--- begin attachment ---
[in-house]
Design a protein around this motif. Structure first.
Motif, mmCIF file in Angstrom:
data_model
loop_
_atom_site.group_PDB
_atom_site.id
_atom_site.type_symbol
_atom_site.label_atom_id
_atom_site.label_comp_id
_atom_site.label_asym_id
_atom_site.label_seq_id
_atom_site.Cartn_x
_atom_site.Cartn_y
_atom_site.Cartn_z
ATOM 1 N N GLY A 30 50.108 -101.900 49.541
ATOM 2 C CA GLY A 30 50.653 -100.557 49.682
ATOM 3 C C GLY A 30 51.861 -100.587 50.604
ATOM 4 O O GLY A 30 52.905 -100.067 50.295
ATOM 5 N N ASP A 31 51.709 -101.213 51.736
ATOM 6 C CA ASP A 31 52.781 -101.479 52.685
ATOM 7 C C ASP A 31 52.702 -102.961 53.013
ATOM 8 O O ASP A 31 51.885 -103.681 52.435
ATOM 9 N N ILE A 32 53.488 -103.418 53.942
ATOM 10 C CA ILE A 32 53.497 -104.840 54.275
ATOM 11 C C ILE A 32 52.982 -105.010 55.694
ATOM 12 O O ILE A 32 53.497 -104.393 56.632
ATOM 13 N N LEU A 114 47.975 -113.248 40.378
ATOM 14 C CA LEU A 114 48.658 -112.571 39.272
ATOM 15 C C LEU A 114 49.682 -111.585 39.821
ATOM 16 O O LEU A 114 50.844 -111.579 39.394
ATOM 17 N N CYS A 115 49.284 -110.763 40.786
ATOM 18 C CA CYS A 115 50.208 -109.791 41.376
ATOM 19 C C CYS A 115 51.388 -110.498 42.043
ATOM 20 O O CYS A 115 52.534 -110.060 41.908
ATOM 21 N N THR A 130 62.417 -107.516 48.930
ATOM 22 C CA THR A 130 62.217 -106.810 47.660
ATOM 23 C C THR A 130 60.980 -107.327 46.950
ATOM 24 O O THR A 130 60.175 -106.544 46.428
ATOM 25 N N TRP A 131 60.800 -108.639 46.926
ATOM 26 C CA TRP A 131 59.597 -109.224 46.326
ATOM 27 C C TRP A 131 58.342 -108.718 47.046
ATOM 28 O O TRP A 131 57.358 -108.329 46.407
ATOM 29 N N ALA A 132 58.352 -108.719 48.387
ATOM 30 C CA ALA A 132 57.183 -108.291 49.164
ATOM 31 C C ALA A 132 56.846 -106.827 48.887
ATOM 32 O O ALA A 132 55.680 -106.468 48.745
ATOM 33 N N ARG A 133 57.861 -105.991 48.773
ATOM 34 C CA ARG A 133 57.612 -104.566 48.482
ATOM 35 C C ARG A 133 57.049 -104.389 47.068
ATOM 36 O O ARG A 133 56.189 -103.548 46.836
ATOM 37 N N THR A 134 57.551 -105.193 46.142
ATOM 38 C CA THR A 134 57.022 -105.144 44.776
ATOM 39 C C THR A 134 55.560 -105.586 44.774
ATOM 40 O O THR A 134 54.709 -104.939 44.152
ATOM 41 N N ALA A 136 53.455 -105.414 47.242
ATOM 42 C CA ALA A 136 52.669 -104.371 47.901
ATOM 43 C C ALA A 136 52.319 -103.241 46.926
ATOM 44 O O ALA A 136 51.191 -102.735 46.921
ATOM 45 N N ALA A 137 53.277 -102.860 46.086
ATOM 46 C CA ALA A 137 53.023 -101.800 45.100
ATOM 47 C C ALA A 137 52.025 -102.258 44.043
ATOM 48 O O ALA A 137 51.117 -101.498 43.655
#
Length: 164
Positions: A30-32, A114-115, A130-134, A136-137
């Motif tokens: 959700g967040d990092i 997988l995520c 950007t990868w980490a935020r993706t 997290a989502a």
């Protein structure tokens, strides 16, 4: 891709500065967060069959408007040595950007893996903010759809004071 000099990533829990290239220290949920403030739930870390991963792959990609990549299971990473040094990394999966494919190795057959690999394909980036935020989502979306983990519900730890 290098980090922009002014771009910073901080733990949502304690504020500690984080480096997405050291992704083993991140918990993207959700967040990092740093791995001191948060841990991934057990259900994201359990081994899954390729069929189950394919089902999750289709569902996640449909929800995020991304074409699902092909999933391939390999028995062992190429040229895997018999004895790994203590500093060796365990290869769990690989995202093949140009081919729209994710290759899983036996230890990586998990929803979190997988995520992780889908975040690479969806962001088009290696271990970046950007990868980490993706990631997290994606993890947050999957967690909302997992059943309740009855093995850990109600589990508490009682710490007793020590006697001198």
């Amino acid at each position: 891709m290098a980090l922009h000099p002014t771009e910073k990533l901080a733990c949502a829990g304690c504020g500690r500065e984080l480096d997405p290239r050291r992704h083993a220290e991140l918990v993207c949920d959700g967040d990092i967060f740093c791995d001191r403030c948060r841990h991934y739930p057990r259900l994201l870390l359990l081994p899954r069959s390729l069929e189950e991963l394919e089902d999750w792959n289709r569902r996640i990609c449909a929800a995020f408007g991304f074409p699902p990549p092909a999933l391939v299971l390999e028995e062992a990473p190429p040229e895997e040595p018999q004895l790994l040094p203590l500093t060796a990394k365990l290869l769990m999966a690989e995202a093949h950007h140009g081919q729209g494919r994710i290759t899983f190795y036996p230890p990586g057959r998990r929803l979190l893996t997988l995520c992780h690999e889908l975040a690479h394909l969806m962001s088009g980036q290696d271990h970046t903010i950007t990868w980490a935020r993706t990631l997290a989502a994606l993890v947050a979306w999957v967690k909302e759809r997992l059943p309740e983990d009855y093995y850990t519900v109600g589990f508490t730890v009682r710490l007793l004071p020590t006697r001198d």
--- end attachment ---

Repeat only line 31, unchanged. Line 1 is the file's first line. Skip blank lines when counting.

ATOM 16 O O LEU A 114 50.844 -111.579 39.394